the Wake of Tragedy, Boston Strong
suppose we're all looking for the "take-away" from the Boston
What observations, lessons, thoughts, ideas, etc. do we take away from the
tense tragic event and the aftermath of the twin-bombings near the
finish-line? The bombs killed three spectators, including an 8-year-old
boy, and days later led to the "assassination" of a rookie MIT
security police officer, sitting in his car, during the mayhem that
followed the bombings.
a week or so later, I come away with two major observations. First is the
awe-inspiring cooperation among local, state and federal law enforcement
that resulted in the death of one suspect and the capture of the other. My
second observation is the significant role the public, the media, social
media and high-tech capabilities played in law enforcement's ultimate
identification of the suspects and their final apprehension.
bombings, manhunt and apprehension of the suspects left us riveted to our
seats as we watched events unfold in real time right before our eyes.
Here, in Fairfield County, last Friday our eyes turned focused on the sky
as helicopters hovered above the railroad tracks when law enforcement,
following what turned out to be a false lead, stopped and searched an Amtrak
train in Norwalk bound for Washington D.C., looking for 19-year-old Dzhokhar
the younger of the two brothers. He had alluded police following the
shootout and subsequent death of his brother Tamerlan. Another Metro-North
train was searched in Darien.
we had come to learn following a lead from an observant Watertown, Mass.,
resident, Dzhokhar was discovered bleeding from a gunshot wound to the
throat, holed up inside a small runabout boat covered with a tarp that was
on a hitch in a driveway. Reportedly the resident -- who was among others
in the 20-square-block area that had been told to stay indoors during the
manhunt -- went outside to have a cigarette and saw a trail of blood
leading to the boat. He called 911. Law enforcement flew a
specially-equipped airplane with X-ray capabilities to transmit a picture
right through the tarp revealing the suspect inside the boat. Then, police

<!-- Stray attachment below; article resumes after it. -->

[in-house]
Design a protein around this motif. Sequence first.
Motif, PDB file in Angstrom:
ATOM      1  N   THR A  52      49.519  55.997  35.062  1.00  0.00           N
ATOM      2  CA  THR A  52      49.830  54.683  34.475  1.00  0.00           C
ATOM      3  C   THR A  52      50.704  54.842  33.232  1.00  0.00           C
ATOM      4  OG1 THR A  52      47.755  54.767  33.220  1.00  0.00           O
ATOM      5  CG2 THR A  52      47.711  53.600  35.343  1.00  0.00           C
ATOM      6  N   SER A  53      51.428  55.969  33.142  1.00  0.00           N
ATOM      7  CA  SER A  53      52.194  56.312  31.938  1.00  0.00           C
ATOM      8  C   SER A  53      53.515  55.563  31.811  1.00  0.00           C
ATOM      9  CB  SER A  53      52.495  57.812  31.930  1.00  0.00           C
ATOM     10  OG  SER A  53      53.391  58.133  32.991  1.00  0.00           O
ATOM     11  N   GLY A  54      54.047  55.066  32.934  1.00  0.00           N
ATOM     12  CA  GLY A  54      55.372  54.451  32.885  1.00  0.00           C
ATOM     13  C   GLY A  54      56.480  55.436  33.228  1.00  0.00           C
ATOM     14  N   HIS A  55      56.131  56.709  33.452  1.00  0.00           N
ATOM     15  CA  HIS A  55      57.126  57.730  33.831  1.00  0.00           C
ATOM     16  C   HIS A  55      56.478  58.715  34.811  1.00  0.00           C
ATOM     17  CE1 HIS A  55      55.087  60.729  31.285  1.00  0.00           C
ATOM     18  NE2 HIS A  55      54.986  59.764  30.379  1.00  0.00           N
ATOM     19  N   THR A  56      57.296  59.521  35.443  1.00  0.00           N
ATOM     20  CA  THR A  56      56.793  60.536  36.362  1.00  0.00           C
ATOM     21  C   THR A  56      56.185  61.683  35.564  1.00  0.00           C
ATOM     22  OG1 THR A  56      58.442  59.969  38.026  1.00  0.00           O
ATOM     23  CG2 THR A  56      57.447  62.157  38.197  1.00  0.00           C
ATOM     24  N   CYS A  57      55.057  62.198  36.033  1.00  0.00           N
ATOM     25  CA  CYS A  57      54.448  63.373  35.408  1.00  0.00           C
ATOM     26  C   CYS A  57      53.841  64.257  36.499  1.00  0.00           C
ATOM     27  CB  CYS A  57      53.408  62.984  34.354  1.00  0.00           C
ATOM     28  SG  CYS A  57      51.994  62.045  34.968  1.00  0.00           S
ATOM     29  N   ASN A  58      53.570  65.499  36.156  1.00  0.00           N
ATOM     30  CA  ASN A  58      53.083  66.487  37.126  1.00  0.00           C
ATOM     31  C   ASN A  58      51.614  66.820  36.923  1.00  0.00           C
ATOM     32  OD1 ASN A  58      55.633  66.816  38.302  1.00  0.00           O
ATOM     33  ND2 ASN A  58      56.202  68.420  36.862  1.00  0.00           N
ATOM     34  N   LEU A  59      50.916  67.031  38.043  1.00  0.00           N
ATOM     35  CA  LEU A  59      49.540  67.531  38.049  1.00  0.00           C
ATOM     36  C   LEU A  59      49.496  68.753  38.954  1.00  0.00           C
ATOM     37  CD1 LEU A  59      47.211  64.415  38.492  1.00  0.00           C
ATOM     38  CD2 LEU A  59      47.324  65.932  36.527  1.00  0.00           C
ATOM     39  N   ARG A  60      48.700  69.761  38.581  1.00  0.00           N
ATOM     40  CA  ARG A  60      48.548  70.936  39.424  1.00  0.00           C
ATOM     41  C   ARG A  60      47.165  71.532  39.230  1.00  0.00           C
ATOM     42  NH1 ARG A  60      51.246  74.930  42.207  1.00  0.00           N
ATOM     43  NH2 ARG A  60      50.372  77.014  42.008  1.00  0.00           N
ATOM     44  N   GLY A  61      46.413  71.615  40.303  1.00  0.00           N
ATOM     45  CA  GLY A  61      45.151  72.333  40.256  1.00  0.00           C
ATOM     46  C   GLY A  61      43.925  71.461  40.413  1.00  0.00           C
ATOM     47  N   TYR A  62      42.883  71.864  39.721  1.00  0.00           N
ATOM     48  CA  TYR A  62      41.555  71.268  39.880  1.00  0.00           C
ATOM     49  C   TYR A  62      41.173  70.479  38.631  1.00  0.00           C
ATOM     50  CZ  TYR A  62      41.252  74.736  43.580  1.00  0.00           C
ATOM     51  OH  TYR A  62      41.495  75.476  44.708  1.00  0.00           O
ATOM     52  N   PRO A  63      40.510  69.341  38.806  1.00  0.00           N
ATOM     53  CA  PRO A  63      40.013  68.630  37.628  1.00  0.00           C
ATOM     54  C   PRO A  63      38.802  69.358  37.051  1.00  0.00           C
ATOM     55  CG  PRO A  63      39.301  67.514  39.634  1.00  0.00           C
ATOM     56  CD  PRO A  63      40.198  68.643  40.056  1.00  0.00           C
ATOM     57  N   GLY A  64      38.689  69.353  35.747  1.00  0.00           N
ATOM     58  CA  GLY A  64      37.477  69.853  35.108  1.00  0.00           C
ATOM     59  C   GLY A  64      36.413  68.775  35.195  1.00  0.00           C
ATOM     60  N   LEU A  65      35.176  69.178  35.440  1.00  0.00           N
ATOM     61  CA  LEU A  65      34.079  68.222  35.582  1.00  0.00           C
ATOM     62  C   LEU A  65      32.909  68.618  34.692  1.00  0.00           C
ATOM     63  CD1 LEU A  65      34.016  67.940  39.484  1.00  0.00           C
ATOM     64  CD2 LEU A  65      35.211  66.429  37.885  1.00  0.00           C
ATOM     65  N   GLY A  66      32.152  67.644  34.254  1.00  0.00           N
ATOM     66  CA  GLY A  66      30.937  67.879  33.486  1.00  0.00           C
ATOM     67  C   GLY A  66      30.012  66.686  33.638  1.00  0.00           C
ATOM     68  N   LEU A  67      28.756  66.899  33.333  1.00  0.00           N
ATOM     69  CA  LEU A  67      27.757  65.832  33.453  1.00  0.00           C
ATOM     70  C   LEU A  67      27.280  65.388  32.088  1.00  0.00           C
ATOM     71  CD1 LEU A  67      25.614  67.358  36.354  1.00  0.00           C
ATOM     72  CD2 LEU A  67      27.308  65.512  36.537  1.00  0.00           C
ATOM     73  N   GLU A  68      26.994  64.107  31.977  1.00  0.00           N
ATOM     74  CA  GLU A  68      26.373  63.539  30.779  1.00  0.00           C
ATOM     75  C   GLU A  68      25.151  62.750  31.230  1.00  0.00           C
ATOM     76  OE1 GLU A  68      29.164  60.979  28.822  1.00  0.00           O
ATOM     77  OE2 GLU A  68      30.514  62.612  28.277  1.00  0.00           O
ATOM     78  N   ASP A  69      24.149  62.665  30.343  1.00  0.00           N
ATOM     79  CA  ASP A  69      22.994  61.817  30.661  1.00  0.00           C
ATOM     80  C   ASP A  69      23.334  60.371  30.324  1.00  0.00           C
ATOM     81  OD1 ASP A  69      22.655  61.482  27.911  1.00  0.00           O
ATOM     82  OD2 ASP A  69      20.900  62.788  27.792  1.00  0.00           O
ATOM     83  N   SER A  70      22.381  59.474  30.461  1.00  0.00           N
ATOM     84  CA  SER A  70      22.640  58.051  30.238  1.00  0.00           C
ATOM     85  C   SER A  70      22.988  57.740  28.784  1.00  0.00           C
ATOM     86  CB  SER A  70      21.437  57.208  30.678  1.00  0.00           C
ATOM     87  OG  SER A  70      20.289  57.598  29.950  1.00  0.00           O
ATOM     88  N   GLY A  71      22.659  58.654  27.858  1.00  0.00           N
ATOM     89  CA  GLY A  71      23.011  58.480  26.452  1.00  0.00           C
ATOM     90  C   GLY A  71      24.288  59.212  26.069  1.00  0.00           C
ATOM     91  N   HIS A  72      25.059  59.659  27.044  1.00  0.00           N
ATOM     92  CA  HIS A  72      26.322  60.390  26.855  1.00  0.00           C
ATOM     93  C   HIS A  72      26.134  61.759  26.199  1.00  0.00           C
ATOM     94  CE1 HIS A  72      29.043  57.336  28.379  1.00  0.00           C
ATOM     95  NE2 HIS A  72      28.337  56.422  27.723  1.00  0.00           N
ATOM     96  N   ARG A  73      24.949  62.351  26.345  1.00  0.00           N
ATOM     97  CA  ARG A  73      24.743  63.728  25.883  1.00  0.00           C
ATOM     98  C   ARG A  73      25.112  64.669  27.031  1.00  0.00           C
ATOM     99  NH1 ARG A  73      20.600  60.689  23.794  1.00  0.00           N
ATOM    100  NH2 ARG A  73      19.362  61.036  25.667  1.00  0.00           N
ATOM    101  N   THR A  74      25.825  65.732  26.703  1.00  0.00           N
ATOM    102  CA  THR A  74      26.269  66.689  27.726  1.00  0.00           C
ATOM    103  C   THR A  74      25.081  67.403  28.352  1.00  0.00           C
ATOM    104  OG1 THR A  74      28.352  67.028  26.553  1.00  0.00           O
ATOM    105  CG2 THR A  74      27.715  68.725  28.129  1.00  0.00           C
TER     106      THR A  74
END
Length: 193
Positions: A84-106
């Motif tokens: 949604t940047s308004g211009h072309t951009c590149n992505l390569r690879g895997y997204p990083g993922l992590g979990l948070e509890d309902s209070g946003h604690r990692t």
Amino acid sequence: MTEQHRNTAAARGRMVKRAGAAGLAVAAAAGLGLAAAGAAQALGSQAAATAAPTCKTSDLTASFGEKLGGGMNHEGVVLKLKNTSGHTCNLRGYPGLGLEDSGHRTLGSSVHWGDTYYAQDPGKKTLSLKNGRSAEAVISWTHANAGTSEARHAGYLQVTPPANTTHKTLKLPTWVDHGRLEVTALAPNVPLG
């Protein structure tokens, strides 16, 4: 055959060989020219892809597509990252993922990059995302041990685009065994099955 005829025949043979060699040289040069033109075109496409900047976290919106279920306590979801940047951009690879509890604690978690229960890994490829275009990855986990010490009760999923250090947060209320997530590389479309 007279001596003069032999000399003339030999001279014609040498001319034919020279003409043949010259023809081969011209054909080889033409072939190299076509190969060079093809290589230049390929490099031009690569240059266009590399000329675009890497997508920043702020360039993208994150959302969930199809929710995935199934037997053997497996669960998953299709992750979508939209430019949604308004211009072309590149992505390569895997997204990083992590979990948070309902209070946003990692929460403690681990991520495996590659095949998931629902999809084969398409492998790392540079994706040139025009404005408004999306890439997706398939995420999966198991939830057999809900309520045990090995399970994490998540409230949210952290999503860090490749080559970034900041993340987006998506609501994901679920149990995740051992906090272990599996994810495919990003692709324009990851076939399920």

responded with assistance from a mechanical arm protruding from something
that looked like a tank that lifted up the tarp.
is the one word that keeps coming to mind as I watched and followed the
events as they kept unfolding. Some of the events that occurred during the
hunt for these two suspects were just too unbelievable. For example, the
brothers had hijacked a car, drove the driver around for about 30 minutes
during which time they announced to him that they were the bombers. Then,
they released the driver on the road. It was reported that the driver had
left his cell phone in the car and police were able to keep track of the
car through the cell phone.
the shootout between the two brothers and police, the elder brother,
Tamerlan, finally was stopped by police bullets and fell to the ground.
His brother reportedly jumped from the passenger seat into the driver's
seat, put the car in reverse to escape police and in doing so ran over his
brother who was declared dead when he was transported to the hospital.
watching for many hours a day, these often bizarre and very scary events,
I sought relief. I went to the Garden Cinema and saw "The
Sapphires," starring Chris
If anyone can take your mind off such senseless human tragedy it is this
Irish comedian/actor O'Dowd, who many of you may recall from his role as
the police officer in the movie "Bridesmaids."
plays a talent manager in "The Sapphires." Based on a true
story, he meets a quartet of Aboriginal young girls from Australia whom he
takes to Vietnam to perform for the American troops during the war. Amid
the crossfire of war and racial prejudice, not only in their homeland of
Australia but on the frontline in Southeast Asia, the girls channel the
"Supremes," as they perform songs from the a '60s hitlist.
"The Sapphires" is a very entertaining movie that puts a smile
on your face, it also introduces us to the great racial divide in
Australia that had been hidden from many of us all those years ago. My
having just watched and listened to the prolonged bursts of gunfire
between police and the Boston bombing suspects, it became a little eerie
to watch the war scenes that formed the backdrop for the stage where the
Sapphires showcased their singing talents.
the son of one of the Sapphires, is co-screenwriter. In a recent interview
he said that the movie "captures a world and experience largely
unknown to the audience, one filled with beauty and song."
contemplate that statement this week as I reflect upon the tragedy that
took place in Boston. We are still trying to understand why two immigrant
brothers who spent much of their lives growing up and receiving their
education in the United States, would be responsible for the deaths and
maiming of innocent people. The reason is still unknown.
in the aftermath of such destruction indeed comes "beauty and
song" within a city still reeling, at memorial services and ball
games, where heroes that emerged from the tragedy have been celebrated.
Boston and its residents are resolved to rise again, Boston strong.
was an off moment of levity at the end of the ordeal. Once the second
suspect was captured and the Watertown neighborhood could come out of
their houses without any worry, residents stood along the street cheering
the scores of police cars and FBI vehicles retreating from the
neighborhood. They cheered, whistled and hooted out praises. One law
enforcement officer behind a wheel of a vehicle driving by responded to
the crowd by shouting out through his public adddress system, "It's
been our pleasure."
Papazian is a freelance writer who has covered Norwalk extensively.
© Copyright 2013 Rita Papazian All rights reserved.